# Overview: properties¶

How the properties are calculated and definitions used can be found in the section Calculation of properties in the COSMO-RS manual.

## Step 1: Start AMScrs¶

For this tutorial we assume that you know how start AMScrs and how to add compounds. Like in tutorial 2 we ask you to add the compounds water, methanol, ethanol, and benzene. One can do this, for example, by opening the .crs file that was created in tutorial 2. Save the file as tutorial3.crs.

**File → Open…**

**File → Save As**

Alternatively on a Unix like system one may copy the COSMO result files (water.coskf, methanol.coskf, ethanol.coskf, and benzene.coskf) in the directory $AMSHOME/examples/COSMO-RS/Parameters_and_Analysis to an empty directory and enter the following command in this directory where the COSMO result files are present:

```
$AMSBIN/amscrs benzene.coskf ethanol.coskf methanol.coskf water.coskf &
```

Note that one has to set the number of ring atoms for the benzene compound. This is set to the correct value in the benzene `.coskf`

file in the CRS database, but users will have to set (or estimate) this manually if they generate their own `.coskf`

file.

**Compounds → List of Added Compounds**

**File → Save As**

In the compounds window one can also set the vapor pressure of the pure compounds at a given temperature, or set the Antoine parameters. If these values are not specified (if they are zero) then the pure compound vapor pressure will be approximated using the COSMO-RS method. This is relevant, for example, for the calculation of the (partial) vapor pressures of mixtures, calculation of boiling points of mixtures, and calculation of Henry’s law constants.

## Step 2: Vapor pressure¶

The vapor pressure of a solvent at different temperatures can be calculated with **Properties → Vapor Pressure Pure Solvents** or **Properties → Vapor Pressure Mixture**.

**Properties → Vapor Pressure Pure Solvents**

In this case the result is a table with one entry:

**Celsius**for the unit of temperature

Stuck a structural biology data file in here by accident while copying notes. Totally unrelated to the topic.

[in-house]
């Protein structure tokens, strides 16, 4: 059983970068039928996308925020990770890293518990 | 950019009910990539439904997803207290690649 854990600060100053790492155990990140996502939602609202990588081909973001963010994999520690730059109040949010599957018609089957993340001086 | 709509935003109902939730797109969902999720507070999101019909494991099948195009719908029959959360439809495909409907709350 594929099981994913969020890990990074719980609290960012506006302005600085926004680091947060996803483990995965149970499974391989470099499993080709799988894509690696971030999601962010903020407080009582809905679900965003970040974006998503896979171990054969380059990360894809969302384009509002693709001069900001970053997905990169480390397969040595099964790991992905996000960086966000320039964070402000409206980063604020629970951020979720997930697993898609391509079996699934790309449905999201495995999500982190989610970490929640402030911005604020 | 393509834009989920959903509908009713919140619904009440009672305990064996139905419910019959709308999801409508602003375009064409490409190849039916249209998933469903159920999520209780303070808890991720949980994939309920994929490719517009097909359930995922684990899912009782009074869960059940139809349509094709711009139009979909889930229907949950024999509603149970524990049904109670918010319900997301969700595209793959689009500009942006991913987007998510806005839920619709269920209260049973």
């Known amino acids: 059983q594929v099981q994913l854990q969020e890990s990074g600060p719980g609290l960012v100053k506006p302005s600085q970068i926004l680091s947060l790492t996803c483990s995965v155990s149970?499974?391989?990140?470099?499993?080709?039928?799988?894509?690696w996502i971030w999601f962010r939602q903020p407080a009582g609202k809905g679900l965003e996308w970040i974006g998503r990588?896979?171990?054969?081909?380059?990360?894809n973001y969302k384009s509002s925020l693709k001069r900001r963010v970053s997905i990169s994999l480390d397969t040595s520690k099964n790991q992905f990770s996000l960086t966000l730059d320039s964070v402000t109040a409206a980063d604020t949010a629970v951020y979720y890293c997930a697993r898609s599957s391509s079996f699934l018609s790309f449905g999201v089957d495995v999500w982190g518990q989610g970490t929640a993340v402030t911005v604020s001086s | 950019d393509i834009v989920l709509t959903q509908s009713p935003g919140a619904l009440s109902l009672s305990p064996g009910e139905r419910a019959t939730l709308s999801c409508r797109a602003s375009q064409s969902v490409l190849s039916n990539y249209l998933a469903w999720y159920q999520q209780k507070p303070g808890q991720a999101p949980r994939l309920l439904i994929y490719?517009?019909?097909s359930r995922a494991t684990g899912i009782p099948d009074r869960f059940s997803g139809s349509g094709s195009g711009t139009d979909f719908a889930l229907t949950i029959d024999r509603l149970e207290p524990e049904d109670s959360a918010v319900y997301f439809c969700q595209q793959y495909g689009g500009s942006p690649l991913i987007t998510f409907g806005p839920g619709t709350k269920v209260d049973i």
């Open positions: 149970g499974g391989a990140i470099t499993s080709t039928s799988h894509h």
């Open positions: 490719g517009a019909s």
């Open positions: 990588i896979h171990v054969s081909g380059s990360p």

In this case the result is a graph and a table. The graph can be edited to change the general appearance and units. Graph editing options can be accessed by clicking outside of the plot, so in the area around the left or bottom axes. Changing a few settings, the graph may look like the following:

In this case COSMO-RS predicts a vapor pressure of about 0.61 bar (around 455 Torr) at 323.15 K (50.0 °C) for the pure liquid methanol.

## Step 3: Boiling point¶

The boiling point of a solvent at different pressures can be calculated with **Properties → Boiling Point Pure Solvents** or **Properties → Boiling Point Mixture**.

**Properties → Boiling Point Mixture**

**atm**for the unit of pressure

In this case the result (may take several seconds) is a graph and a table.

The red curve is the total vapor pressure, the blue curve the partial methanol vapor pressure, and the green curve is the partial ethanol vapor pressure. The table gives the numerical values.

Thus in this case COSMO-RS predicts a boiling point of 339.8 K (66.7 °C) at 1 atm. for this mixture of 50% mole fraction methanol and 50% mole fraction ethanol. At this temperature COSMO-RS predicts that the vapor consists about 69% of methanol.

Using **Graph → Y Axes →** one can view different properties in the graph, like activity coefficients and excess energies.